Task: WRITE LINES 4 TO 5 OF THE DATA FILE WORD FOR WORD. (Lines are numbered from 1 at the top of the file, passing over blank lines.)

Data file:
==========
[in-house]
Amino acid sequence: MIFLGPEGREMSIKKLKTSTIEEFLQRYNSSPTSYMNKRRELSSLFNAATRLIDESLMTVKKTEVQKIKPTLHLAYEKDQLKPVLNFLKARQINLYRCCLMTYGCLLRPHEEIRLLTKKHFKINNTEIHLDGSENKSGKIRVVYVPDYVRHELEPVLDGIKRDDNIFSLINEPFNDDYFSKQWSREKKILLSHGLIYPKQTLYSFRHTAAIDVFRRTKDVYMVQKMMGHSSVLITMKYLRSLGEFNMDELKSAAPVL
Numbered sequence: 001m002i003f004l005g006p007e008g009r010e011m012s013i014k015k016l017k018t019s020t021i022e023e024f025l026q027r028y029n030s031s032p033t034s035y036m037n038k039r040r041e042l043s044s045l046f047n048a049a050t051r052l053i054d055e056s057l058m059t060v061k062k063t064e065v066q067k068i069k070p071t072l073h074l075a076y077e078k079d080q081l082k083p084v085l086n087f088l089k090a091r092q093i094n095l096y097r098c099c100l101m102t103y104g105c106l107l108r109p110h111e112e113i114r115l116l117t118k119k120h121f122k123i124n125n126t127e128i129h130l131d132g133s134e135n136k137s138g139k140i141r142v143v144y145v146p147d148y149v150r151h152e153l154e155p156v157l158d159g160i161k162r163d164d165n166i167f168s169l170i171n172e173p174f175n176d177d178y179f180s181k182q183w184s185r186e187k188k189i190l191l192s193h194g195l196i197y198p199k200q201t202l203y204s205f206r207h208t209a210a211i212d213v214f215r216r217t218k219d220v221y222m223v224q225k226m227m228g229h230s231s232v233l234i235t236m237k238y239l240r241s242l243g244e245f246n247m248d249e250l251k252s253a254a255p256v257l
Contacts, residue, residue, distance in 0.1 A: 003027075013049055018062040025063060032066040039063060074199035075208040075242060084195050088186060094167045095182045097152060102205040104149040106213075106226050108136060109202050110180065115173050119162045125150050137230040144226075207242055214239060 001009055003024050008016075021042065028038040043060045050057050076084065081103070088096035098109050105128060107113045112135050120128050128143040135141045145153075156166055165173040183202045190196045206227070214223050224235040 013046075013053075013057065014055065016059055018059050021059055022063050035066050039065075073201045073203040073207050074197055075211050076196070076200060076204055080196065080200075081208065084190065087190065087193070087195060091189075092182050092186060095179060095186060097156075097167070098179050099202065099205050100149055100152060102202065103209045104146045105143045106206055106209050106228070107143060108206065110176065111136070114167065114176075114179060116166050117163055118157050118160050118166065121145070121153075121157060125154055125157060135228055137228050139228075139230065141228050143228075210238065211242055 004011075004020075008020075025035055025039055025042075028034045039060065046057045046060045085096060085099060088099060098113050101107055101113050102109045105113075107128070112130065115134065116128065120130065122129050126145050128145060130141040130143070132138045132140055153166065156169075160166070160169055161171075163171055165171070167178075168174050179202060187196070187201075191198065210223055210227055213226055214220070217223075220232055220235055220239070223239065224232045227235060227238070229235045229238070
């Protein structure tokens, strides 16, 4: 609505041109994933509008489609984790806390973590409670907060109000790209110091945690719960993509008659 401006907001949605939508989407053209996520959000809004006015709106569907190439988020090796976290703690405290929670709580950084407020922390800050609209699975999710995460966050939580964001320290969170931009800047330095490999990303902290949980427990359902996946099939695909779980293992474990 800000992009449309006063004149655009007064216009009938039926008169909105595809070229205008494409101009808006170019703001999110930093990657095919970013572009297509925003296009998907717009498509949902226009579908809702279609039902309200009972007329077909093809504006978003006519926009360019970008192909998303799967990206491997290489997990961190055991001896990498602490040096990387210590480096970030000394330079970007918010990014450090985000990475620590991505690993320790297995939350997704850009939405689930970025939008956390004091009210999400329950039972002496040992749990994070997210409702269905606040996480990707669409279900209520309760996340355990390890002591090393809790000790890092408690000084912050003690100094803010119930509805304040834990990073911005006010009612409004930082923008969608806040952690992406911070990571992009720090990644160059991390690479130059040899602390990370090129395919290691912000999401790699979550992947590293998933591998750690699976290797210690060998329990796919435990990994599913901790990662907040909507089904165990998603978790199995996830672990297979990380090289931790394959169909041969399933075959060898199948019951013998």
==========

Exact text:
Contacts, residue, residue, distance in 0.1 A: 003027075013049055018062040025063060032066040039063060074199035075208040075242060084195050088186060094167045095182045097152060102205040104149040106213075106226050108136060109202050110180065115173050119162045125150050137230040144226075207242055214239060 001009055003024050008016075021042065028038040043060045050057050076084065081103070088096035098109050105128060107113045112135050120128050128143040135141045145153075156166055165173040183202045190196045206227070214223050224235040 013046075013053075013057065014055065016059055018059050021059055022063050035066050039065075073201045073203040073207050074197055075211050076196070076200060076204055080196065080200075081208065084190065087190065087193070087195060091189075092182050092186060095179060095186060097156075097167070098179050099202065099205050100149055100152060102202065103209045104146045105143045106206055106209050106228070107143060108206065110176065111136070114167065114176075114179060116166050117163055118157050118160050118166065121145070121153075121157060125154055125157060135228055137228050139228075139230065141228050143228075210238065211242055 004011075004020075008020075025035055025039055025042075028034045039060065046057045046060045085096060085099060088099060098113050101107055101113050102109045105113075107128070112130065115134065116128065120130065122129050126145050128145060130141040130143070132138045132140055153166065156169075160166070160169055161171075163171055165171070167178075168174050179202060187196070187201075191198065210223055210227055213226055214220070217223075220232055220235055220239070223239065224232045227235060227238070229235045229238070
């Protein structure tokens, strides 16, 4: 609505041109994933509008489609984790806390973590409670907060109000790209110091945690719960993509008659 401006907001949605939508989407053209996520959000809004006015709106569907190439988020090796976290703690405290929670709580950084407020922390800050609209699975999710995460966050939580964001320290969170931009800047330095490999990303902290949980427990359902996946099939695909779980293992474990 800000992009449309006063004149655009007064216009009938039926008169909105595809070229205008494409101009808006170019703001999110930093990657095919970013572009297509925003296009998907717009498509949902226009579908809702279609039902309200009972007329077909093809504006978003006519926009360019970008192909998303799967990206491997290489997990961190055991001896990498602490040096990387210590480096970030000394330079970007918010990014450090985000990475620590991505690993320790297995939350997704850009939405689930970025939008956390004091009210999400329950039972002496040992749990994070997210409702269905606040996480990707669409279900209520309760996340355990390890002591090393809790000790890092408690000084912050003690100094803010119930509805304040834990990073911005006010009612409004930082923008969608806040952690992406911070990571992009720090990644160059991390690479130059040899602390990370090129395919290691912000999401790699979550992947590293998933591998750690699976290797210690060998329990796919435990990994599913901790990662907040909507089904165990998603978790199995996830672990297979990380090289931790394959169909041969399933075959060898199948019951013998």